On August 6, 2014, U.S. District Judge, John D. Bates of the District of Columbia declared forfeited the sum of 480 million dollars from the money recovered from the Abacha’s family in the U.S. From records, these funds are just a fraction of Nigeria’s stolen wealth being tracked in the West.

It is unfortunate that the United States has been speaking about technicalities instead of assisting in naming and shaming looters of Nigeria’s treasury and returning the loot unconditionally. In this regard, why are the powerful receivers of Nigeria’s stolen money saying asset recovery is different from asset returning? That is why the United Nations too should note the uncooperative attitude of the countries where stolen funds are stashed. So, the global body should assist in dealing with thieves of state from Africa where poverty nurtured by corruption has become a reproach that must be removed.
Certainly, the person who steals is just as guilty as the person who keeps stolen funds.

Tracing and returning of stolen assets have become exceptionally difficult for most African countries. And this trend can be attributable to lack of adherence to the rules promoting transparency in international banking and financial systems, as noted in Paris the other day.

Specifically, Nigeria has felt the excruciating pain of just how difficult it is to get back stolen assets from the international financial system. There is, therefore, need for a robust global framework on repatriation of stolen assets, which will ensure quick restitution to victim countries. This kind of model is long overdue as there is a consensus that corruption and illicit financial flows out of Africa, inexorably delay the attainment of development goals, worsen practically all human development indices and trap the majority of her people especially the most vulnerable in a cycle of misery.

Only a united global action has the power to reverse this trend.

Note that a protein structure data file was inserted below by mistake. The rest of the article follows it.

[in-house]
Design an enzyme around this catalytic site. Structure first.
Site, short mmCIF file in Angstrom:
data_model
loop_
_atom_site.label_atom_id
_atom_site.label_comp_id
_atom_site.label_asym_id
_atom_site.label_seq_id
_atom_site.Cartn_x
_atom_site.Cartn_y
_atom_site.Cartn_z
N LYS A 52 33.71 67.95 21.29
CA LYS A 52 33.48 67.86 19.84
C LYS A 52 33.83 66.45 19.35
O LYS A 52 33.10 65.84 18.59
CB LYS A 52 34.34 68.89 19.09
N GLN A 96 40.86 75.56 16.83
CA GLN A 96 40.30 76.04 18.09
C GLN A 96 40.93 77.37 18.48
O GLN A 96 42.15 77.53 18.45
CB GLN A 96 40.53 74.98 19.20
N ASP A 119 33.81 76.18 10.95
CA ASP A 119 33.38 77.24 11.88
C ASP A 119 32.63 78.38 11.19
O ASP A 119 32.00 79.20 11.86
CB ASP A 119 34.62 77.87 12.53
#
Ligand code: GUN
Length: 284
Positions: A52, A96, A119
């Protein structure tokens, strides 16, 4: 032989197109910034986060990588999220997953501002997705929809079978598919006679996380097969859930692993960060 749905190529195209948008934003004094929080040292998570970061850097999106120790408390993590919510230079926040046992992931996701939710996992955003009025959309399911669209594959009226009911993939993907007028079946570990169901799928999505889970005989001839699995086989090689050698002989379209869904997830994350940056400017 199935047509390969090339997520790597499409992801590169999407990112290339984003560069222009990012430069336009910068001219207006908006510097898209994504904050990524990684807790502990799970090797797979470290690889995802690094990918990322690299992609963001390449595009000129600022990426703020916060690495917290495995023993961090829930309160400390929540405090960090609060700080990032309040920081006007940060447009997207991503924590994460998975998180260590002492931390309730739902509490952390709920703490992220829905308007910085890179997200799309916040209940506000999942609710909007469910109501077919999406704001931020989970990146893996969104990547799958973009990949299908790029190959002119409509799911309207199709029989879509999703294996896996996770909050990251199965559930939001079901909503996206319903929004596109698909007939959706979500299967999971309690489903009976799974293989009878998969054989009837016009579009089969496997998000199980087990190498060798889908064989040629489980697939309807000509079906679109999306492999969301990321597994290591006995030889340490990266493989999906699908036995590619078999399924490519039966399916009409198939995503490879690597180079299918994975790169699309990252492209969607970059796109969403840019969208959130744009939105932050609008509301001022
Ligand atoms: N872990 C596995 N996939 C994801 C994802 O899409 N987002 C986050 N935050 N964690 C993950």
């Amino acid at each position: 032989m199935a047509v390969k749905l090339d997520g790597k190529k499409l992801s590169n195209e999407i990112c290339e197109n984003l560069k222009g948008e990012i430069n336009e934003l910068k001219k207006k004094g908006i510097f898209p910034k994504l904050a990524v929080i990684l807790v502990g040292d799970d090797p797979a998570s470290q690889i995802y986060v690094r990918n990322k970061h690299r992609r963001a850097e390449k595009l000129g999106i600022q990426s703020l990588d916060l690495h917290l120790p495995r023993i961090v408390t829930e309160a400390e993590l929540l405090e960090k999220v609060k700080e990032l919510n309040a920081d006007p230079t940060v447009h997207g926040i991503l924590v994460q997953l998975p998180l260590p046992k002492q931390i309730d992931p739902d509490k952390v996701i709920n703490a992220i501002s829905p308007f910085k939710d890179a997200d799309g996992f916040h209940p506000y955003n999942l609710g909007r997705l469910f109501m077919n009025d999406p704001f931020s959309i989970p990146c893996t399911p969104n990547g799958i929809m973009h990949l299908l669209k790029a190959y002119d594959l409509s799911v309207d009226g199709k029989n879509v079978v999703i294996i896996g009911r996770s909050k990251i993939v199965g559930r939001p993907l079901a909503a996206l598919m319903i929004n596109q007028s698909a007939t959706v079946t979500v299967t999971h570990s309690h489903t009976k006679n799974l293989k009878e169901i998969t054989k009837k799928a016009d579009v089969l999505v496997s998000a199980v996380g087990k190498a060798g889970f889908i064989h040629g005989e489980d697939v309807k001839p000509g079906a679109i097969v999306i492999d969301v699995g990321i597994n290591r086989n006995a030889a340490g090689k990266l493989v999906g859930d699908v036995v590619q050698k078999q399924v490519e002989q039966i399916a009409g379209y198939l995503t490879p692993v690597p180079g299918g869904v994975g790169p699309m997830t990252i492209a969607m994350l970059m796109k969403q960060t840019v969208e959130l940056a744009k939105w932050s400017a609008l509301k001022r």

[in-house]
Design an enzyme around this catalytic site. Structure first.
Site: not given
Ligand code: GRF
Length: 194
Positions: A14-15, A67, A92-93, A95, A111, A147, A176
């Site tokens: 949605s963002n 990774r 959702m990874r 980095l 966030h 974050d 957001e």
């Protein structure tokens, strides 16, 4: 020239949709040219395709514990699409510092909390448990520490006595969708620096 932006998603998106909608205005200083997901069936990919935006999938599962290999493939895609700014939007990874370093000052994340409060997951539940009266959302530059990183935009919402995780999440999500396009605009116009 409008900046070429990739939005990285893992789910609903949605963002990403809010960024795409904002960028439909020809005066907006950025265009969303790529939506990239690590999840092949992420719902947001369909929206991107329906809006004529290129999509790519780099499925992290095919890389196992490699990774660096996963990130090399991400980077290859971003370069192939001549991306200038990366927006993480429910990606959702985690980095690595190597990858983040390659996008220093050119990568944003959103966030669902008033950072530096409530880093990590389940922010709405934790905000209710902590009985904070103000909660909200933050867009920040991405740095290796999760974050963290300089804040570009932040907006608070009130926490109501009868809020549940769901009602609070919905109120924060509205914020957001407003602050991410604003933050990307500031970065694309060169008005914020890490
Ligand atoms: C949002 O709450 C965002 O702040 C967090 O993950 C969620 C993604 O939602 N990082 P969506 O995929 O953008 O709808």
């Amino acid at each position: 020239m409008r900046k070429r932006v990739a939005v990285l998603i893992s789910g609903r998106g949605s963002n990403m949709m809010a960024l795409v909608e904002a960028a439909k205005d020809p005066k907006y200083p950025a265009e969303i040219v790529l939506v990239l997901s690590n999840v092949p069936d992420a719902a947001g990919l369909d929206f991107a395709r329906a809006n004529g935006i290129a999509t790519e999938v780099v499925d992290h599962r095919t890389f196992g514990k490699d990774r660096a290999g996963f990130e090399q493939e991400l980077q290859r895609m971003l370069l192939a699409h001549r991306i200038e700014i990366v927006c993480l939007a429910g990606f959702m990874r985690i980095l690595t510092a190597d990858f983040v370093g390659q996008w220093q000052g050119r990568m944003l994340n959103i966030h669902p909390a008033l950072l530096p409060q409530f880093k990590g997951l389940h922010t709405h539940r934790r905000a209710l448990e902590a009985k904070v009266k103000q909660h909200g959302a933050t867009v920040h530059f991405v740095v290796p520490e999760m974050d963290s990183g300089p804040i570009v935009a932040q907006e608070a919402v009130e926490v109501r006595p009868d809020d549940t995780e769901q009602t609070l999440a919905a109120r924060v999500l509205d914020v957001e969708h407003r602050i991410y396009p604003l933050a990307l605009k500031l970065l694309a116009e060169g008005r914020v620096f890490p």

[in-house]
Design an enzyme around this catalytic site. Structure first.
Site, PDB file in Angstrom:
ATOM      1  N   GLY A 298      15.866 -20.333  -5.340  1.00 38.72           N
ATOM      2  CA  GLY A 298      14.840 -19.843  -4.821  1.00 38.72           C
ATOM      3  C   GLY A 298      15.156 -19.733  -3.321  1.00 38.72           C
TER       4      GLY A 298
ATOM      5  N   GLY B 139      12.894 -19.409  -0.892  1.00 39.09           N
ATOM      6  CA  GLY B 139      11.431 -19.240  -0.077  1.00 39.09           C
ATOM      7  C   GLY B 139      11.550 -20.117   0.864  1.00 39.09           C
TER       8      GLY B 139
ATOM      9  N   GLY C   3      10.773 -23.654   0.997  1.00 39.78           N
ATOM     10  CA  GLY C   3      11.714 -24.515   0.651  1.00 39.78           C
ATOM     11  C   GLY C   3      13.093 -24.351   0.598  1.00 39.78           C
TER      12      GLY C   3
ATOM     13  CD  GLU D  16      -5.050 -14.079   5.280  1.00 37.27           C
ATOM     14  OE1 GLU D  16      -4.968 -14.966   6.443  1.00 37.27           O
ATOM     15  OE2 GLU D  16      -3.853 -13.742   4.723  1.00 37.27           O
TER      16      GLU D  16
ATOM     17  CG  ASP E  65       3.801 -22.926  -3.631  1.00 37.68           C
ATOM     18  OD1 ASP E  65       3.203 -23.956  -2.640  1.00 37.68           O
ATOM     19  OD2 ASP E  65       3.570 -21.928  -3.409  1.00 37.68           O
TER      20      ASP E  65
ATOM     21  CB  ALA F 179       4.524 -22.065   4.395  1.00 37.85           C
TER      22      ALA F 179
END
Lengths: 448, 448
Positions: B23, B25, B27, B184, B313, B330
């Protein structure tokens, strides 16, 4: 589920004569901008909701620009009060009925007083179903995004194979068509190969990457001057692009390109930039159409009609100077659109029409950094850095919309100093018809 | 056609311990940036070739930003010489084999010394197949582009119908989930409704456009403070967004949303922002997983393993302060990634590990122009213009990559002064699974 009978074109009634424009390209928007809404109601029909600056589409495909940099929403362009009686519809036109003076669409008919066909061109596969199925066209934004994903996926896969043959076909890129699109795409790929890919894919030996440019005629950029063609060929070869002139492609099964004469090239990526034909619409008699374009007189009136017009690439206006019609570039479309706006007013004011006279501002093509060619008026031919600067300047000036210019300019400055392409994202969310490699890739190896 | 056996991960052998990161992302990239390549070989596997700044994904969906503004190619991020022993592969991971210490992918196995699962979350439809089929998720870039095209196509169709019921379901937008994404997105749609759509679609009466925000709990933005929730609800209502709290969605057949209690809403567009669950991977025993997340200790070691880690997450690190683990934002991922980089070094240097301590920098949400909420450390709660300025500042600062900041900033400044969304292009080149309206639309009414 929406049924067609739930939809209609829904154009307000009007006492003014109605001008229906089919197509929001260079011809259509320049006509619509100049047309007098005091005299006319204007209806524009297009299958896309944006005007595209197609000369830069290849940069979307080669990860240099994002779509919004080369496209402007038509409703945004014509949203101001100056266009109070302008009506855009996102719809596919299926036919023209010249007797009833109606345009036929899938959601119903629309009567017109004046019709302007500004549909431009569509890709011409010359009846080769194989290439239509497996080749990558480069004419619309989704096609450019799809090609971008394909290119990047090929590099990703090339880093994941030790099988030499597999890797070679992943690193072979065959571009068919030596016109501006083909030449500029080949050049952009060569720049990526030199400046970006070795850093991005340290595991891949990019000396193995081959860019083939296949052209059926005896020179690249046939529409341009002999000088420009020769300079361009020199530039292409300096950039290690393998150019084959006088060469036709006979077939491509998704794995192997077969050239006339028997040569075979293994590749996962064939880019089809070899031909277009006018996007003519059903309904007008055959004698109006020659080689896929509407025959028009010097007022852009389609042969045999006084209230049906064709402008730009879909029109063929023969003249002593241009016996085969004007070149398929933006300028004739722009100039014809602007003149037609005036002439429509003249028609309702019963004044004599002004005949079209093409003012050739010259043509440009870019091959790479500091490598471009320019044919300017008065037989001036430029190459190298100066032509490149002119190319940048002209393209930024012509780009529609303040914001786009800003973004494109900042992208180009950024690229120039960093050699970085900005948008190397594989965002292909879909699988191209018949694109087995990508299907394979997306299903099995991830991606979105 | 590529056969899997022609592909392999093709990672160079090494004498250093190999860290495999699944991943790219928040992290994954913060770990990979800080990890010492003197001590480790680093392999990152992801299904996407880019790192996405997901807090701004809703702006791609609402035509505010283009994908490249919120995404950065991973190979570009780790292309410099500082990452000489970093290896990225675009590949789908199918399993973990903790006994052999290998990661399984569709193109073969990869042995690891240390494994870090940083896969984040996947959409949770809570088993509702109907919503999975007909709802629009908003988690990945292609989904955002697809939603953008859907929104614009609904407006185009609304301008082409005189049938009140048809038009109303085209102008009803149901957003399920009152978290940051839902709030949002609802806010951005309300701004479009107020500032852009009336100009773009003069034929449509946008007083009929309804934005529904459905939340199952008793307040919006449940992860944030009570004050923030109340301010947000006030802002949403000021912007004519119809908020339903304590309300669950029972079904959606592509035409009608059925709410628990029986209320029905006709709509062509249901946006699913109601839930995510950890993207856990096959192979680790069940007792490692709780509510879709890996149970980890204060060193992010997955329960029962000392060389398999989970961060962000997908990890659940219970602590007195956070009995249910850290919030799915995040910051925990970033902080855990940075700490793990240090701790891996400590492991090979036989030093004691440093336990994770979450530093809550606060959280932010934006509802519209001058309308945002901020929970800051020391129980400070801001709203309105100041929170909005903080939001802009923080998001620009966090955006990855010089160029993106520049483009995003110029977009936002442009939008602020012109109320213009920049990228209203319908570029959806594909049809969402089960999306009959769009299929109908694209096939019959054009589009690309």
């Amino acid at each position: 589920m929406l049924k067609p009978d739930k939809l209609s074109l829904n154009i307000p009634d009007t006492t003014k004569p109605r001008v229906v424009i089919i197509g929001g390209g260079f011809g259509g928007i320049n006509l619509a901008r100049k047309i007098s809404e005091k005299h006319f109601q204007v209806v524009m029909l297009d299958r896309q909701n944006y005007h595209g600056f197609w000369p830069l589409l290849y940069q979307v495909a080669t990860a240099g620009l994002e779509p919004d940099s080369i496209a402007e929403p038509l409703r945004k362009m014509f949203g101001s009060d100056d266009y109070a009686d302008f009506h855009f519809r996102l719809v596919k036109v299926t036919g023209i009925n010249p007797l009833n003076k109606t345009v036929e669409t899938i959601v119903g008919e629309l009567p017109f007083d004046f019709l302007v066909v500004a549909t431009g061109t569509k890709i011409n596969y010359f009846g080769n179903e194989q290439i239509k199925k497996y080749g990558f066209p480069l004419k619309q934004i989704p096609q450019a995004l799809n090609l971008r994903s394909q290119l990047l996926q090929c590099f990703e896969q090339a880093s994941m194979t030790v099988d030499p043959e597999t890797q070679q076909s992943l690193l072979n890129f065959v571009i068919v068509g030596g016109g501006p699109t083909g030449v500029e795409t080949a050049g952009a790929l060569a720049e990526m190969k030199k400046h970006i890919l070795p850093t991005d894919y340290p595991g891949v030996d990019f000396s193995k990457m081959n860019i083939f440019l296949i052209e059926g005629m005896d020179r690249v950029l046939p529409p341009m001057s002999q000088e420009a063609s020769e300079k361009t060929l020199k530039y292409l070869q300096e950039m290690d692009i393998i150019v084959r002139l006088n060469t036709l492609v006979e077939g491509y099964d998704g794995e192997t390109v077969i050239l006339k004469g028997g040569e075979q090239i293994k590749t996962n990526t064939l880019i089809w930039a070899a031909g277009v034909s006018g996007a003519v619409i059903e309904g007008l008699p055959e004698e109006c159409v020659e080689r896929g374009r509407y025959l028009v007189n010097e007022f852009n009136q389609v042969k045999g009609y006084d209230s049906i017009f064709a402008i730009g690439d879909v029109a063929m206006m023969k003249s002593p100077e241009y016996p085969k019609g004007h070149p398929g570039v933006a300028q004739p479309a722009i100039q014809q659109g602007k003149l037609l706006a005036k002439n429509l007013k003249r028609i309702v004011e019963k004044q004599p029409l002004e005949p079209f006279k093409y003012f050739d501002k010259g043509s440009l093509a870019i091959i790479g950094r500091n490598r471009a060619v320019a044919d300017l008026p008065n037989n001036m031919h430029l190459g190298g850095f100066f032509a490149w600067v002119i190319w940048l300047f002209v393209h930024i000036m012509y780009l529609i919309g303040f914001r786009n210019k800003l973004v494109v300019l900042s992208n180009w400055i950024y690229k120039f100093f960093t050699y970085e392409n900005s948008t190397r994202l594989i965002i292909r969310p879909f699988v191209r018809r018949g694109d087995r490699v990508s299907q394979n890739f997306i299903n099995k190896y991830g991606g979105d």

The stolen funds are needed to reverse the problems of education, healthcare, social services, infrastructure and, indeed, quality of life.

That is also why the powerful nations should note that most economies ravaged by corruption, usually both as a cause and consequence, do have institutions that are too weak to fight corruption and illicit financial flows. This explains why hurdles should not be placed in the way of international collaboration, which remains the smartest and most effective approach to apprehend, deter perpetrators, and ensure restitution of stolen assets.

In this article:
Bolaji OwosanoyePACACUK


  • isa Muktar

    Although a good piece but naive as well as the loot custodians are benefitting from keeping these funds. How long can we continue to fool ourselves.

  • Nwabu King

    Hear this: Nigeria is a failed state; quite frankly, the only way forward is to return to the 1963 constitution, then renegotiate statehood. We continue to practice “democracy” within a non-negotiated state structure that was bequeathed to us by the military. Our levels of government and civil service employees remain at non-sustainable levels, requiring our government to borrow money in order to pay salaries. Politicians have to be forced aside, so that the youth can step in to salvage this country. In my opinion, the goals of government are to enact laws, enforce laws, assure the protection of life and property, collect taxes, construct roads: the summation of all these functions is the creation of an environment where Nigerians can conduct business. The civil service and security forces carry out these functions. The only way pensions can be paid, is when we have a thriving private sector. I am calling for the immediate return to the 1963 constitution, and a referendum on the continued existence of the Nigerian state.